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Update:Rotifers Avon Point(Lake Erie)
- Subject: Update:Rotifers Avon Point(Lake Erie)
- From: email@example.com (John Lavelle)
- Date: Wed, 4 Nov 1998 09:57:20 -0500
- List-Name: GLIN-Announce
- Reply-To: firstname.lastname@example.org
The following notes are basically concerned with
the Rotifers found at the reef on Avon Point in Lake
Erie. They are a continuation of the notes posted here
last month. But I always like to include notes on what
is happening on reefs bottom at the current time. This
place is so alive I sometimes think of it as a vast
cauldron of life stirred by the ladle of the winds and
it is that sense of the waters being a living thing that
I always want to impart.
Late October and November are the times when the
Lake is mine. Except for a few fishing boats several
miles out from the Point I am the only person on the
Lake or at the park. Girthing myself mentally to face
the water this time of year is always hard. Low
dark clouds and Northeastern waves make the waters
seem threatening, fear sweeps in on each cresting wave.
The rewards for continuing this research against my
own imaginary fears are great, for this is the time of
another of the Lakes seasonal changes.
The laison is disappearing, the sponges are all
degenerating and forming gemmule bodies. The hydras are
returning as in Spring (but in far fewer numbers), and
the new clusters of young Zebra mussels are establishing
themselves. The animals of the plankton are also going
through a second smaller peaking of their population
densities. This year this is especially true for the
Cladoceran, Bosmina longristris.
Below is an example of the animals inhabiting two
rocks taken in eight to ten feet of water on November 1, 1998.
The animals counted are only those .05 mm. or larger and
in general I ignore the large protozoans. Also given are
the animals found in the water surrounding the rock
and the animals in the waters at the surface.
Samples taken between 10 and 11:30 on on overcast
day. Lake water temperature is 59 F. with 2 to 3 foot
waves from the Northeast.
Rock one - size (roughly rectangular) 9 cm. by 12 cm.
Zebra mussels - 6 small (1.5 to 2 mm) scattered over
the rocks surface
2 large (15 to 17 mm.)
Hydropsyche nest 1
Byrozoan - F. sultana a small colony roughly covering a
1.5 cm diameter area.
Hydra americanus 2
Colonial hydra, Cordyphyla lacrustris - 10 hydranths, one
of the hydranths at the end of the colony is
blown up like a balloon.
Ablabsymia nests 14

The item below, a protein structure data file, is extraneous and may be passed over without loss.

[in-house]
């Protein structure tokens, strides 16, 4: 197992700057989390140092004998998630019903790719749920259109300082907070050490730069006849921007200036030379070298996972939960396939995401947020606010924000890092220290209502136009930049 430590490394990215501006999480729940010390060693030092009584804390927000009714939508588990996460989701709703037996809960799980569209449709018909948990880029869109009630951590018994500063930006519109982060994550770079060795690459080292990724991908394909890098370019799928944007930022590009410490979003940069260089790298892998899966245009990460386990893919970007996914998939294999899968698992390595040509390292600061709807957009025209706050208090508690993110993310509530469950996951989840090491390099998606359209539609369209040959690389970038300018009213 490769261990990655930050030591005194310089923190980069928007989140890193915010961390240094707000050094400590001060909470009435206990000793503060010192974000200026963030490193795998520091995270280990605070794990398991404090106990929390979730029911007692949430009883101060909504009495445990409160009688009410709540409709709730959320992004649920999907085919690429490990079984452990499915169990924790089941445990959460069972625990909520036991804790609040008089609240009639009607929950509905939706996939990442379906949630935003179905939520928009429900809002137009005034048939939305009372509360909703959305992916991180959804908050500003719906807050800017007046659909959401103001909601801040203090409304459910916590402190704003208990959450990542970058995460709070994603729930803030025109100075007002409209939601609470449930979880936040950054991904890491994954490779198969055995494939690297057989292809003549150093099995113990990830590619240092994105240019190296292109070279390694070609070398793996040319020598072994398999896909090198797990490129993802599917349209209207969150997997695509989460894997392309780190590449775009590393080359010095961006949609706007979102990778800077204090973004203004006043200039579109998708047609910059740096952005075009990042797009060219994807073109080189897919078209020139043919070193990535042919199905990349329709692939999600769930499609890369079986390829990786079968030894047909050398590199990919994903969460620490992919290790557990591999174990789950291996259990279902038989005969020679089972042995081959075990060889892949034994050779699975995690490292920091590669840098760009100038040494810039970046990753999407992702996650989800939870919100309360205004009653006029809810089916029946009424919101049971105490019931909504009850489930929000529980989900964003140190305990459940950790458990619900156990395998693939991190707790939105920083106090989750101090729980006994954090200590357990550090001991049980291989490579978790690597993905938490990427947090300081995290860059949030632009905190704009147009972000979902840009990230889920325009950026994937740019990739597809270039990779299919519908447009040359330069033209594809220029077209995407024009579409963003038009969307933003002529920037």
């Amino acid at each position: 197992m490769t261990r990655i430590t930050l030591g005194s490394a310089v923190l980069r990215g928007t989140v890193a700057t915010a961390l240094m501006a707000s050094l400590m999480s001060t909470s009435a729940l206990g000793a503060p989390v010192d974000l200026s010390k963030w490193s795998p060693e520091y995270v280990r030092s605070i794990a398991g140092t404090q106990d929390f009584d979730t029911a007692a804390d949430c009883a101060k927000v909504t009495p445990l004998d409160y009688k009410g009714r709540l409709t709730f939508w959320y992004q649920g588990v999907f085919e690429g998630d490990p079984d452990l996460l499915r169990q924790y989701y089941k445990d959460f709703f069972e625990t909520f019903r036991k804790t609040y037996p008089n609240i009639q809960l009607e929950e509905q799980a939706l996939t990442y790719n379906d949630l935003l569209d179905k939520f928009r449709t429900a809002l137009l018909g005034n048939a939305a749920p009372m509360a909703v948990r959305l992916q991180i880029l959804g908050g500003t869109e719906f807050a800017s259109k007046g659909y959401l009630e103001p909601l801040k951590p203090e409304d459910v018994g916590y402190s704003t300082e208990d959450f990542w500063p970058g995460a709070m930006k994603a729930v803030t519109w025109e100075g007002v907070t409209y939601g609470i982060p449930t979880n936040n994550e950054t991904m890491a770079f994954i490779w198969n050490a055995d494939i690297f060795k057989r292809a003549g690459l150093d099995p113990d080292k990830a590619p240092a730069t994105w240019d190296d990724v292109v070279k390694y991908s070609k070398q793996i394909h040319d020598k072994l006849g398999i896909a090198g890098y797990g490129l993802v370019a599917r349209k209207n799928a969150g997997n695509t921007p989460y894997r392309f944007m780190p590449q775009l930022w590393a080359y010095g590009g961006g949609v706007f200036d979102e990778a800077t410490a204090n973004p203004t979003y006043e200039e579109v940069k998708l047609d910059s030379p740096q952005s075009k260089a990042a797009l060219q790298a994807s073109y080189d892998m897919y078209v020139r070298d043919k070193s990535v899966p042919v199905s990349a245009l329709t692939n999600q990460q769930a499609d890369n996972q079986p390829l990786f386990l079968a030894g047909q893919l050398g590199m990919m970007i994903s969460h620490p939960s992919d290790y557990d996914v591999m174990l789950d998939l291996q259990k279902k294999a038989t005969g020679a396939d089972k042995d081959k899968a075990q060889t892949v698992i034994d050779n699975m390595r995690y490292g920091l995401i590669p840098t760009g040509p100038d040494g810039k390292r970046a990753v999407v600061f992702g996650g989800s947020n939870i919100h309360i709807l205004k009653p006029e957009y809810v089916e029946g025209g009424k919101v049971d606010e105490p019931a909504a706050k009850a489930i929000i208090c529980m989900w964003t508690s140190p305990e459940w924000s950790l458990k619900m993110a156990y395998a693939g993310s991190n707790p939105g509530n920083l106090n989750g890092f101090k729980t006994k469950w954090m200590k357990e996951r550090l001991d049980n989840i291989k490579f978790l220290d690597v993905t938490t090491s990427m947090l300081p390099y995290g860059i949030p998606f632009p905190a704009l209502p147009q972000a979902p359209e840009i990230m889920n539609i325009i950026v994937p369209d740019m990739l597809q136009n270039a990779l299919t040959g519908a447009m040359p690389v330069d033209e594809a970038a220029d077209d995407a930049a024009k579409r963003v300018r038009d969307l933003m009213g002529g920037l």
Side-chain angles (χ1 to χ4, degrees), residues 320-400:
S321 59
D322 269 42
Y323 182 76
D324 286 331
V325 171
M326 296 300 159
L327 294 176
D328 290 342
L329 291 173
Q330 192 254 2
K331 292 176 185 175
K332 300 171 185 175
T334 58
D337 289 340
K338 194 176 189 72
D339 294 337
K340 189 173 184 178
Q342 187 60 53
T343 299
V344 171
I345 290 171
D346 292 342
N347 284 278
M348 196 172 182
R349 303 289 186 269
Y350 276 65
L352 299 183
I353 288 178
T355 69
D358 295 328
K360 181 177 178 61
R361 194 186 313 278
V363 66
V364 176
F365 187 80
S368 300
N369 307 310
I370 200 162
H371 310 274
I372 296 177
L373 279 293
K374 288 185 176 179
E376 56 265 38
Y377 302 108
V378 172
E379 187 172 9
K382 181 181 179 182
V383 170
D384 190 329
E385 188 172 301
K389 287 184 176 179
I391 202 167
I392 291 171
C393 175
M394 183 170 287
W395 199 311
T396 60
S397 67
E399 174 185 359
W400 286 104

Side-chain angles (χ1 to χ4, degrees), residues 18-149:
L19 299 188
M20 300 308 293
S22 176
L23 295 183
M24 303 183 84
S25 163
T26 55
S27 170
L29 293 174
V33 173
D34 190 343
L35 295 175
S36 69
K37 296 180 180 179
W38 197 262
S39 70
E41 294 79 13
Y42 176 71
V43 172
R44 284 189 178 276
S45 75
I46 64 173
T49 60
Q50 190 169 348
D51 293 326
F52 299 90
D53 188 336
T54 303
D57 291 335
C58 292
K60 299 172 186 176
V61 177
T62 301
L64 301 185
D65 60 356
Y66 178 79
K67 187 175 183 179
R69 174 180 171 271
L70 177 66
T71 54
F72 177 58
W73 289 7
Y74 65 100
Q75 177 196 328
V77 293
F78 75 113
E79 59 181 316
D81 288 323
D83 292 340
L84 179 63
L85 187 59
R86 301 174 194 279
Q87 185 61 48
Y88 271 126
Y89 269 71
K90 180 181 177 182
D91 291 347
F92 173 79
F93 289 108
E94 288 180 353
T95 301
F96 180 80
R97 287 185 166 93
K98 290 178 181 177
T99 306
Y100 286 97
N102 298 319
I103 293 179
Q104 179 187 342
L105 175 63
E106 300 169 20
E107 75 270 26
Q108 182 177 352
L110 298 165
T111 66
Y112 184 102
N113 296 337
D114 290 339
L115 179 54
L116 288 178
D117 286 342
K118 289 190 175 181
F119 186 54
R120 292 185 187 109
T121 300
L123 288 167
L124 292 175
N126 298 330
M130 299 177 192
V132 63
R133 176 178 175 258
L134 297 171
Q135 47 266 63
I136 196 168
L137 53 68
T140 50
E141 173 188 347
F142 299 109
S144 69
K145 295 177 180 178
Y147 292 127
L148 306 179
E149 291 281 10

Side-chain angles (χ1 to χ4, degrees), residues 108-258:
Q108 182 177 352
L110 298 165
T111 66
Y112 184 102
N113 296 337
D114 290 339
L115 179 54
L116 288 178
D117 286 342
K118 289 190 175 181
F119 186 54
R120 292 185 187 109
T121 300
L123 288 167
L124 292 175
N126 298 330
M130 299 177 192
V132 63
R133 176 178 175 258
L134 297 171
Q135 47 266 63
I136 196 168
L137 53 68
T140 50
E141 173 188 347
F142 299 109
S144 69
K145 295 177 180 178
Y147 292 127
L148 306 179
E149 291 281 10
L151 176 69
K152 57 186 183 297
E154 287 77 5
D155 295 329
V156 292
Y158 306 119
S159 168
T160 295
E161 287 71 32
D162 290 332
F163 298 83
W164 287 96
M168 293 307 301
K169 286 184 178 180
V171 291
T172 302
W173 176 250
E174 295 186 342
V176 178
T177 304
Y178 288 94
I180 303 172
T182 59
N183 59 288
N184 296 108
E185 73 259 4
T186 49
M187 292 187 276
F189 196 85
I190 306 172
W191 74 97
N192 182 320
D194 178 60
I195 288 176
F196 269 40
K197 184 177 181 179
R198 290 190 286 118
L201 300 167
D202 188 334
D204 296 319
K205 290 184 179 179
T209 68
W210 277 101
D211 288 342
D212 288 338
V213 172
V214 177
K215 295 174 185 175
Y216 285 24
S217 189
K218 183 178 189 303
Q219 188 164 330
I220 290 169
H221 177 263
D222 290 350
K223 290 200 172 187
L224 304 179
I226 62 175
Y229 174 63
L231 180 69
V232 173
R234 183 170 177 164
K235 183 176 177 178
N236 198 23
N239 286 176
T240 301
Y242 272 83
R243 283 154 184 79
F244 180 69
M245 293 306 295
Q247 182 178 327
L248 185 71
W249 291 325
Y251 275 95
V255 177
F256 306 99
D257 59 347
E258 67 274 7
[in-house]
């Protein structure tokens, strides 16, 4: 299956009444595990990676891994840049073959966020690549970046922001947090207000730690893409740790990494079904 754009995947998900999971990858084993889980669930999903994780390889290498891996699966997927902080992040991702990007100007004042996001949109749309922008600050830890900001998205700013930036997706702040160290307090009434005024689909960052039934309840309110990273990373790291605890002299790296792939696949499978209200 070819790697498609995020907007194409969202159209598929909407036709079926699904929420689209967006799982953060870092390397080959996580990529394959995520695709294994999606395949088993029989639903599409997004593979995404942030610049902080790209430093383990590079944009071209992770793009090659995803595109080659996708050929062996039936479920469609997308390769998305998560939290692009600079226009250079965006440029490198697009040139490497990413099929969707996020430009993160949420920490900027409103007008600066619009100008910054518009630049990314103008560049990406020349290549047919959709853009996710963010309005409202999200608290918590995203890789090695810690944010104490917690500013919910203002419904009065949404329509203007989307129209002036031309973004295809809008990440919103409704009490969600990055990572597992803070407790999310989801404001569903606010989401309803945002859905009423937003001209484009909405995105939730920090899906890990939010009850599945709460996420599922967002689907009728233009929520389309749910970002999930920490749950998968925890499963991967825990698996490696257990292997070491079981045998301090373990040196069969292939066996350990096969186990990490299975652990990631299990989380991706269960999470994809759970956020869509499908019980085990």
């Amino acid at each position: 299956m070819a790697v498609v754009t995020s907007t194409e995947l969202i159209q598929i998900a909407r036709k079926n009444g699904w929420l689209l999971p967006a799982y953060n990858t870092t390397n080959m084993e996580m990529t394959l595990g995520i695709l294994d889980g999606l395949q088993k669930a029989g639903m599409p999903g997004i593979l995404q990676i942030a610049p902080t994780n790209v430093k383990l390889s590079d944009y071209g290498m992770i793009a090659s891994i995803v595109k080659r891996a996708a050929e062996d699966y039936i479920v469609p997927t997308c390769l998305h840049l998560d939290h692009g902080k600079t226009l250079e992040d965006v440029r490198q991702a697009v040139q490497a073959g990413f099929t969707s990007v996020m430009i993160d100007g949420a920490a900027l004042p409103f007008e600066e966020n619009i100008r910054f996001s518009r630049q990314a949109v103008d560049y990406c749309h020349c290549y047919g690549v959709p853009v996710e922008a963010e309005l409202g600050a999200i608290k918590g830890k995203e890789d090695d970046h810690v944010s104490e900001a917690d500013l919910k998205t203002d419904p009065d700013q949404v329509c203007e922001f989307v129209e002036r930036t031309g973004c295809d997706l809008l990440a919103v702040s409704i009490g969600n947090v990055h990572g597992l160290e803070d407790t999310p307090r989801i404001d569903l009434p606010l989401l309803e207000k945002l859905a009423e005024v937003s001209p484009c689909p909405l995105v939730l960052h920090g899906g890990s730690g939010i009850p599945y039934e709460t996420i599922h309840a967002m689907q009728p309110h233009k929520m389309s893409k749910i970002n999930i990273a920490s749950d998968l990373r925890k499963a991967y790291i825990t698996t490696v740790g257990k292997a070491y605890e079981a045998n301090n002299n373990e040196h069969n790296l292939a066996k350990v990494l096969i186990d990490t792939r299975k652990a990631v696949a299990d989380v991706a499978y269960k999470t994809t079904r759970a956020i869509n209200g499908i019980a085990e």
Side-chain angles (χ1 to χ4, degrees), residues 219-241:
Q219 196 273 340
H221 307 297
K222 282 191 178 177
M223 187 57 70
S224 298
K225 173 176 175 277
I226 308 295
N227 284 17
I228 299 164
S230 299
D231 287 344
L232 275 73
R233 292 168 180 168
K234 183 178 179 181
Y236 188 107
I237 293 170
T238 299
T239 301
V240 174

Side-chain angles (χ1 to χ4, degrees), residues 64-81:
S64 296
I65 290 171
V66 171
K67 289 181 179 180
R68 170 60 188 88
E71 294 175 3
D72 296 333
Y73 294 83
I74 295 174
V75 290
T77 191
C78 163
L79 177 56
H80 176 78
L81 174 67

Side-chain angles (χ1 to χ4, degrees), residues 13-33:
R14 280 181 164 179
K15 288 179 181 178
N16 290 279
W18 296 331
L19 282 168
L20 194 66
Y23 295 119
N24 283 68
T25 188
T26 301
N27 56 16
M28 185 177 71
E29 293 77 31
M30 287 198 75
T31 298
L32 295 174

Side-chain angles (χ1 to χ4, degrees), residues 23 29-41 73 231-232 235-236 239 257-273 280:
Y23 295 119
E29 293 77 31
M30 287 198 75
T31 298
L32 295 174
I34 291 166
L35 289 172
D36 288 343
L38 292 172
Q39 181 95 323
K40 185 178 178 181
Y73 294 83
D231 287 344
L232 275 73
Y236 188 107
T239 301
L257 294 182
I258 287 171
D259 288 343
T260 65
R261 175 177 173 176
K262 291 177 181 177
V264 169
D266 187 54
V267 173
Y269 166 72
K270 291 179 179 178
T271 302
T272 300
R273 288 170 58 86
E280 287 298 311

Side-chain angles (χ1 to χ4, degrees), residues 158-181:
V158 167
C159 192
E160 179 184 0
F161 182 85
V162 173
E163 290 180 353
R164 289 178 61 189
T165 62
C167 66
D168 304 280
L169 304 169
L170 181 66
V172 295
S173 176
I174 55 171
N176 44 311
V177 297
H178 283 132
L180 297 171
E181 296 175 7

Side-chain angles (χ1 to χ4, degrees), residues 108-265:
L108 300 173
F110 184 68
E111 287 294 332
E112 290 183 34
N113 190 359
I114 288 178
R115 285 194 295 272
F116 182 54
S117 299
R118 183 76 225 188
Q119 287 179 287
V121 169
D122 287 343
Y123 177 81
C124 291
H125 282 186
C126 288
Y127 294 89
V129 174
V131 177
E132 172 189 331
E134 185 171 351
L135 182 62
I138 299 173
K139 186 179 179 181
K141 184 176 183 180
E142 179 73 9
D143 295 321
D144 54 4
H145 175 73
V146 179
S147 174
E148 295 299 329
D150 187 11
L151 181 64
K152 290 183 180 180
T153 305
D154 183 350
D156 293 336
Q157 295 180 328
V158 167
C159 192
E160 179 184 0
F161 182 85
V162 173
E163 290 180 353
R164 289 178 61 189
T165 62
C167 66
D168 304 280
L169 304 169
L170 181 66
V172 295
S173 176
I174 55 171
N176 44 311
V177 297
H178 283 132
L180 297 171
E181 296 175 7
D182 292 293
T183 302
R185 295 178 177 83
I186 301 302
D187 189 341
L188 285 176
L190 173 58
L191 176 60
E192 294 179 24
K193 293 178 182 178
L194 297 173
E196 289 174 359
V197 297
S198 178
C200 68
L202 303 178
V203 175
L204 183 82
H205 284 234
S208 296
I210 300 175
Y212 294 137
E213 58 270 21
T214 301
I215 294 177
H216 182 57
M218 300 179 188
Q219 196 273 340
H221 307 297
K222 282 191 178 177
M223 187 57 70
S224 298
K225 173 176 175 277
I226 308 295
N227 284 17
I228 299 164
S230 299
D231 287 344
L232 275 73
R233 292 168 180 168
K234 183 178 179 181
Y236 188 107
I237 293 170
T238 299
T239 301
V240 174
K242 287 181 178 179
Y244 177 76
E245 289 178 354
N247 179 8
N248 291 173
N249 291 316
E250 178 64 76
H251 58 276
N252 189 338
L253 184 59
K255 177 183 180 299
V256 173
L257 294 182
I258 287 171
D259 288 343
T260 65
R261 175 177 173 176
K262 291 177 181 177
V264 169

Top - Laison gone from the flat area of rock (see note on
Rock two - Size (triangular) base 7 cm. height 13 cm.
Zebra mussels - 146 small (.5 to 2 mm.) found in
1 large 12 mm. long
Hydropsyche nest 1
Hydra americanus 1
Ablabsymia nests 6
Top - Laison gone but I can't tell if has been scraped off
bringing it home or has disappeared from Lake's bottom.
In summer this stuff is not scraped off and holds to
the rock's surface like glue.
Zebra mussels 3 small 1.5 to 2 mm long
Ablabsymia nests 6
Waters surrounding the above rock (5 liters)
B longristris 13
D. thomasi 1
T. mexicanus pranis 2
L. siciloides 8
E. affinis 2
Plankton 12.5 liters
L. siciloides 5
E. affinis 21
T. mexicanus 1
D. thomasi 2
Bosmina longristris 7
The following chart list the monthly average for the
total number of rotifers found in samples taken at Avon
Point. I'm presenting them but I have come to wonder
if they have any value. Unlike the crustaceans or more
precisely to a greater degree than the crustaceans, the
rotifers populations seem to achieve their population
peaks at different times of the year. Whether this is
due to temperature, food supply, or some other factor,
I have no idea. But it does seem that trying to say anything
about the rotifers as a whole may be misleading as each
species responds to the environment in different ways.
All that being said I present the data because:
1) Well I did the work so might as well present it,
2) Perhaps the data is useful and I'm just too ignorant
to see its value.
The only blanket statement I can make from the data
on the rotifers and crustaceans is the while the total
number of crustaceans seems to be going down the number
of rotifers is going up. It may be possible that there is
a direct correlation here. Some species of crustaceans
feed on the rotifers and their reduced numbers may be
responsible for the rotifer's increase. But a better study
than mine would be necessary to show this for there might
be many other causes for such population changes.
Plankton sample size 12.5 liters
In the chart below the number column is the total
number of all rotifers found in the month. The average
is the total rotifers divided by the total number of
samples taken that month. Generally there were two samples
taken every week or 8 to 9 samples a month
1994 1995 1996
number average number average number average
April 60 10 75 8.33 250 31.25